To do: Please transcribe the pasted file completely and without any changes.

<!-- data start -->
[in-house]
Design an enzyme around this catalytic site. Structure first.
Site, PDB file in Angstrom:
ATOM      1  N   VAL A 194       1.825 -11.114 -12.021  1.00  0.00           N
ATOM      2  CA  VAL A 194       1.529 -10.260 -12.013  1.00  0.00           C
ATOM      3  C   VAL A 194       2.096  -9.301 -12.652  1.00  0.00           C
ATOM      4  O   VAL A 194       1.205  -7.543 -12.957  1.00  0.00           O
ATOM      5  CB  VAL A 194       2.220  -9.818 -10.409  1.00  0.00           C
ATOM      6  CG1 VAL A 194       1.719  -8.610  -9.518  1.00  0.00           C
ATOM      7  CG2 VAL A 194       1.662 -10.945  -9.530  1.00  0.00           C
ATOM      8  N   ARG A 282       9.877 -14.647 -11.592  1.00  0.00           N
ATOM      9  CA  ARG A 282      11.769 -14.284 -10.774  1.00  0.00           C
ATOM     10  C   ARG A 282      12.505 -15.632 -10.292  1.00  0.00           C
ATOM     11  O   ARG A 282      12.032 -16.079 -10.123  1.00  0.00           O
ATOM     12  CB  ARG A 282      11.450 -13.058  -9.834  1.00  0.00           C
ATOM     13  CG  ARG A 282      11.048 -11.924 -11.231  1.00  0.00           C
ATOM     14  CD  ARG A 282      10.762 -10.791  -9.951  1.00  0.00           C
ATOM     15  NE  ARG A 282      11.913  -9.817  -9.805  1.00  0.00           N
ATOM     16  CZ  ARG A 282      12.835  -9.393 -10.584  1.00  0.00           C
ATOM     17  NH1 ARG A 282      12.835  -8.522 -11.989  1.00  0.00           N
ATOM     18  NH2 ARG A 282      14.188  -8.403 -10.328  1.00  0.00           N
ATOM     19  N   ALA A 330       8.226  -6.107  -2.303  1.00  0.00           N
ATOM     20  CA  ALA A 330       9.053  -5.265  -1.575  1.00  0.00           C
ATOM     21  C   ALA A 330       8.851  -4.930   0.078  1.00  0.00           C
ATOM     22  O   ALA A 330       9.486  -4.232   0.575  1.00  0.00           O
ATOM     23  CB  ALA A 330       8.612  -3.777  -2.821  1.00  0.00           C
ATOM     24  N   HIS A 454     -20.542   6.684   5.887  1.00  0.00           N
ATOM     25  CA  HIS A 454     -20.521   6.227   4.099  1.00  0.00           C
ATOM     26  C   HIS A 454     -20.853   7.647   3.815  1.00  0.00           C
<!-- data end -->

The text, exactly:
[in-house]
Design an enzyme around this catalytic site. Structure first.
Site, PDB file in Angstrom:
ATOM      1  N   VAL A 194       1.825 -11.114 -12.021  1.00  0.00           N
ATOM      2  CA  VAL A 194       1.529 -10.260 -12.013  1.00  0.00           C
ATOM      3  C   VAL A 194       2.096  -9.301 -12.652  1.00  0.00           C
ATOM      4  O   VAL A 194       1.205  -7.543 -12.957  1.00  0.00           O
ATOM      5  CB  VAL A 194       2.220  -9.818 -10.409  1.00  0.00           C
ATOM      6  CG1 VAL A 194       1.719  -8.610  -9.518  1.00  0.00           C
ATOM      7  CG2 VAL A 194       1.662 -10.945  -9.530  1.00  0.00           C
ATOM      8  N   ARG A 282       9.877 -14.647 -11.592  1.00  0.00           N
ATOM      9  CA  ARG A 282      11.769 -14.284 -10.774  1.00  0.00           C
ATOM     10  C   ARG A 282      12.505 -15.632 -10.292  1.00  0.00           C
ATOM     11  O   ARG A 282      12.032 -16.079 -10.123  1.00  0.00           O
ATOM     12  CB  ARG A 282      11.450 -13.058  -9.834  1.00  0.00           C
ATOM     13  CG  ARG A 282      11.048 -11.924 -11.231  1.00  0.00           C
ATOM     14  CD  ARG A 282      10.762 -10.791  -9.951  1.00  0.00           C
ATOM     15  NE  ARG A 282      11.913  -9.817  -9.805  1.00  0.00           N
ATOM     16  CZ  ARG A 282      12.835  -9.393 -10.584  1.00  0.00           C
ATOM     17  NH1 ARG A 282      12.835  -8.522 -11.989  1.00  0.00           N
ATOM     18  NH2 ARG A 282      14.188  -8.403 -10.328  1.00  0.00           N
ATOM     19  N   ALA A 330       8.226  -6.107  -2.303  1.00  0.00           N
ATOM     20  CA  ALA A 330       9.053  -5.265  -1.575  1.00  0.00           C
ATOM     21  C   ALA A 330       8.851  -4.930   0.078  1.00  0.00           C
ATOM     22  O   ALA A 330       9.486  -4.232   0.575  1.00  0.00           O
ATOM     23  CB  ALA A 330       8.612  -3.777  -2.821  1.00  0.00           C
ATOM     24  N   HIS A 454     -20.542   6.684   5.887  1.00  0.00           N
ATOM     25  CA  HIS A 454     -20.521   6.227   4.099  1.00  0.00           C
ATOM     26  C   HIS A 454     -20.853   7.647   3.815  1.00  0.00           C